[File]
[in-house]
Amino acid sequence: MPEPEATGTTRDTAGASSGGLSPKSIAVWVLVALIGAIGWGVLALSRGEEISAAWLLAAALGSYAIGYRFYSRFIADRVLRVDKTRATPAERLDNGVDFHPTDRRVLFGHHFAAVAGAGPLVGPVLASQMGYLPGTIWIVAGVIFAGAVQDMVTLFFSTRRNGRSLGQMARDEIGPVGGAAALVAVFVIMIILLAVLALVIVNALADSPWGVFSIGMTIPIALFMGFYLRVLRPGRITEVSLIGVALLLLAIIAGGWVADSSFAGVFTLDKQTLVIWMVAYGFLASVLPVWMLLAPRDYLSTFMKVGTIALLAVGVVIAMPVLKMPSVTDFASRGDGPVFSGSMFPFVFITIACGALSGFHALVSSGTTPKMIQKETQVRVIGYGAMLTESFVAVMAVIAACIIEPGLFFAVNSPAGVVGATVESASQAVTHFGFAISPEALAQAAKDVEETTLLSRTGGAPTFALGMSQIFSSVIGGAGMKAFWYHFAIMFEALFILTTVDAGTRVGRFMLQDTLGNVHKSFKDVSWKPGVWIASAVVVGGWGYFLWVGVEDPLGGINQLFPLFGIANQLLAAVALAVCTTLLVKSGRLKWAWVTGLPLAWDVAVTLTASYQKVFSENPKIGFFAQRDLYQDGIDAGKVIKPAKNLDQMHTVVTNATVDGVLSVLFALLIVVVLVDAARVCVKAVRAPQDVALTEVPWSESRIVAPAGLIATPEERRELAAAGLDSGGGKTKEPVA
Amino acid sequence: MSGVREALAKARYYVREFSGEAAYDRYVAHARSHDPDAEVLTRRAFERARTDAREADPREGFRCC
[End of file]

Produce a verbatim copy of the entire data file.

[in-house]
Amino acid sequence: MPEPEATGTTRDTAGASSGGLSPKSIAVWVLVALIGAIGWGVLALSRGEEISAAWLLAAALGSYAIGYRFYSRFIADRVLRVDKTRATPAERLDNGVDFHPTDRRVLFGHHFAAVAGAGPLVGPVLASQMGYLPGTIWIVAGVIFAGAVQDMVTLFFSTRRNGRSLGQMARDEIGPVGGAAALVAVFVIMIILLAVLALVIVNALADSPWGVFSIGMTIPIALFMGFYLRVLRPGRITEVSLIGVALLLLAIIAGGWVADSSFAGVFTLDKQTLVIWMVAYGFLASVLPVWMLLAPRDYLSTFMKVGTIALLAVGVVIAMPVLKMPSVTDFASRGDGPVFSGSMFPFVFITIACGALSGFHALVSSGTTPKMIQKETQVRVIGYGAMLTESFVAVMAVIAACIIEPGLFFAVNSPAGVVGATVESASQAVTHFGFAISPEALAQAAKDVEETTLLSRTGGAPTFALGMSQIFSSVIGGAGMKAFWYHFAIMFEALFILTTVDAGTRVGRFMLQDTLGNVHKSFKDVSWKPGVWIASAVVVGGWGYFLWVGVEDPLGGINQLFPLFGIANQLLAAVALAVCTTLLVKSGRLKWAWVTGLPLAWDVAVTLTASYQKVFSENPKIGFFAQRDLYQDGIDAGKVIKPAKNLDQMHTVVTNATVDGVLSVLFALLIVVVLVDAARVCVKAVRAPQDVALTEVPWSESRIVAPAGLIATPEERRELAAAGLDSGGGKTKEPVA
Amino acid sequence: MSGVREALAKARYYVREFSGEAAYDRYVAHARSHDPDAEVLTRRAFERARTDAREADPREGFRCC